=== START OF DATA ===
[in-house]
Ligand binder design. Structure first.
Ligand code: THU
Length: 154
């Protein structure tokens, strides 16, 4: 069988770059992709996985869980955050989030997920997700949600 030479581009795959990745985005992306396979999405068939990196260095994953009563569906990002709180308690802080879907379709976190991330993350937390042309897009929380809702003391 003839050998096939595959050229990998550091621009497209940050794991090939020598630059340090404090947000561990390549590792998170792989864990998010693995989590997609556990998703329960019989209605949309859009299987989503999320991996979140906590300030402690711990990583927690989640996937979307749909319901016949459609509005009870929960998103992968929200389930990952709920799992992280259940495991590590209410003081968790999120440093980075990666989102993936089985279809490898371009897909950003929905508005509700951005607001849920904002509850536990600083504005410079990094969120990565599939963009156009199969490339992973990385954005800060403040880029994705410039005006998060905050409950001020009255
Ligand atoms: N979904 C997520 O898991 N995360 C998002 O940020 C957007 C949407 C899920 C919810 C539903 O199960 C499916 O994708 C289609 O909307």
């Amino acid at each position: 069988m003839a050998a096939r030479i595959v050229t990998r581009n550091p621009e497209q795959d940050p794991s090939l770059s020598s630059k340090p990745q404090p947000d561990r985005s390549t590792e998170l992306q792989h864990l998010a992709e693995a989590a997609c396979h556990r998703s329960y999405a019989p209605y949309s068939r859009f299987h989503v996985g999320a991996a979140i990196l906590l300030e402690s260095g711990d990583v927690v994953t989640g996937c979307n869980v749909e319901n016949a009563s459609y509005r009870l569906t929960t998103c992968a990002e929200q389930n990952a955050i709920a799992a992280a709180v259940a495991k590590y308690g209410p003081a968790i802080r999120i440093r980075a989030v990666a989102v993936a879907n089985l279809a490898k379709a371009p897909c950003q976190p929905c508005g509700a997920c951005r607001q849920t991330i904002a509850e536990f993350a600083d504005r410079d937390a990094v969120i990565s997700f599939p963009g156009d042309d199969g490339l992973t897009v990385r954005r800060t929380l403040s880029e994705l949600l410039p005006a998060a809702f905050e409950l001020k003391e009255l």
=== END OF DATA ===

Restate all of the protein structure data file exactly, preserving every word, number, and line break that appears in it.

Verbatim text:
[in-house]
Ligand binder design. Structure first.
Ligand code: THU
Length: 154
């Protein structure tokens, strides 16, 4: 069988770059992709996985869980955050989030997920997700949600 030479581009795959990745985005992306396979999405068939990196260095994953009563569906990002709180308690802080879907379709976190991330993350937390042309897009929380809702003391 003839050998096939595959050229990998550091621009497209940050794991090939020598630059340090404090947000561990390549590792998170792989864990998010693995989590997609556990998703329960019989209605949309859009299987989503999320991996979140906590300030402690711990990583927690989640996937979307749909319901016949459609509005009870929960998103992968929200389930990952709920799992992280259940495991590590209410003081968790999120440093980075990666989102993936089985279809490898371009897909950003929905508005509700951005607001849920904002509850536990600083504005410079990094969120990565599939963009156009199969490339992973990385954005800060403040880029994705410039005006998060905050409950001020009255
Ligand atoms: N979904 C997520 O898991 N995360 C998002 O940020 C957007 C949407 C899920 C919810 C539903 O199960 C499916 O994708 C289609 O909307």
């Amino acid at each position: 069988m003839a050998a096939r030479i595959v050229t990998r581009n550091p621009e497209q795959d940050p794991s090939l770059s020598s630059k340090p990745q404090p947000d561990r985005s390549t590792e998170l992306q792989h864990l998010a992709e693995a989590a997609c396979h556990r998703s329960y999405a019989p209605y949309s068939r859009f299987h989503v996985g999320a991996a979140i990196l906590l300030e402690s260095g711990d990583v927690v994953t989640g996937c979307n869980v749909e319901n016949a009563s459609y509005r009870l569906t929960t998103c992968a990002e929200q389930n990952a955050i709920a799992a992280a709180v259940a495991k590590y308690g209410p003081a968790i802080r999120i440093r980075a989030v990666a989102v993936a879907n089985l279809a490898k379709a371009p897909c950003q976190p929905c508005g509700a997920c951005r607001q849920t991330i904002a509850e536990f993350a600083d504005r410079d937390a990094v969120i990565s997700f599939p963009g156009d042309d199969g490339l992973t897009v990385r954005r800060t929380l403040s880029e994705l949600l410039p005006a998060a809702f905050e409950l001020k003391e009255l």